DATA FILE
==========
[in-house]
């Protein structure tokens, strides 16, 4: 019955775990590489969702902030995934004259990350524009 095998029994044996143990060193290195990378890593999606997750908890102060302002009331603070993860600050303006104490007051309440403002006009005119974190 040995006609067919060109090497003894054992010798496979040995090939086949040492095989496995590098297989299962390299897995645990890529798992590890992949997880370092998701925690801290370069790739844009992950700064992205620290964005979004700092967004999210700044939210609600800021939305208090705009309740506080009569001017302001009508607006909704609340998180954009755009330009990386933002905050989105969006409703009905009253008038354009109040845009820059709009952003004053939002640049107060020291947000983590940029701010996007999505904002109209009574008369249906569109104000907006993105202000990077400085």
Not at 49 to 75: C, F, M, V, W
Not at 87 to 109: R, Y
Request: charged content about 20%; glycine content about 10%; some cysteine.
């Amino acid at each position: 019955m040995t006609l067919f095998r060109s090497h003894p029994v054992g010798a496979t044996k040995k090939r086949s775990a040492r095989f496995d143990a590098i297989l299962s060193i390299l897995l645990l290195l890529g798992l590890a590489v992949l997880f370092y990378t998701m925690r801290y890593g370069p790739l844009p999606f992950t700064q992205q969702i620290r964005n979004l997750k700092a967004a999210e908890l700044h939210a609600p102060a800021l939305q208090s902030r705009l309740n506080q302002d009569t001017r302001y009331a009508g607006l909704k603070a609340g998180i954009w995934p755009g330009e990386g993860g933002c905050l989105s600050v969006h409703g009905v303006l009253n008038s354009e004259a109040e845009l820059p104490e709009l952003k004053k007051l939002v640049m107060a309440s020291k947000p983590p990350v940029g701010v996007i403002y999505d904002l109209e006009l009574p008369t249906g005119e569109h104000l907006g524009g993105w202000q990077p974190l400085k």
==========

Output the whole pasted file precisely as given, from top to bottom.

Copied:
[in-house]
């Protein structure tokens, strides 16, 4: 019955775990590489969702902030995934004259990350524009 095998029994044996143990060193290195990378890593999606997750908890102060302002009331603070993860600050303006104490007051309440403002006009005119974190 040995006609067919060109090497003894054992010798496979040995090939086949040492095989496995590098297989299962390299897995645990890529798992590890992949997880370092998701925690801290370069790739844009992950700064992205620290964005979004700092967004999210700044939210609600800021939305208090705009309740506080009569001017302001009508607006909704609340998180954009755009330009990386933002905050989105969006409703009905009253008038354009109040845009820059709009952003004053939002640049107060020291947000983590940029701010996007999505904002109209009574008369249906569109104000907006993105202000990077400085």
Not at 49 to 75: C, F, M, V, W
Not at 87 to 109: R, Y
Request: charged content about 20%; glycine content about 10%; some cysteine.
């Amino acid at each position: 019955m040995t006609l067919f095998r060109s090497h003894p029994v054992g010798a496979t044996k040995k090939r086949s775990a040492r095989f496995d143990a590098i297989l299962s060193i390299l897995l645990l290195l890529g798992l590890a590489v992949l997880f370092y990378t998701m925690r801290y890593g370069p790739l844009p999606f992950t700064q992205q969702i620290r964005n979004l997750k700092a967004a999210e908890l700044h939210a609600p102060a800021l939305q208090s902030r705009l309740n506080q302002d009569t001017r302001y009331a009508g607006l909704k603070a609340g998180i954009w995934p755009g330009e990386g993860g933002c905050l989105s600050v969006h409703g009905v303006l009253n008038s354009e004259a109040e845009l820059p104490e709009l952003k004053k007051l939002v640049m107060a309440s020291k947000p983590p990350v940029g701010v996007i403002y999505d904002l109209e006009l009574p008369t249906g005119e569109h104000l907006g524009g993105w202000q990077p974190l400085k």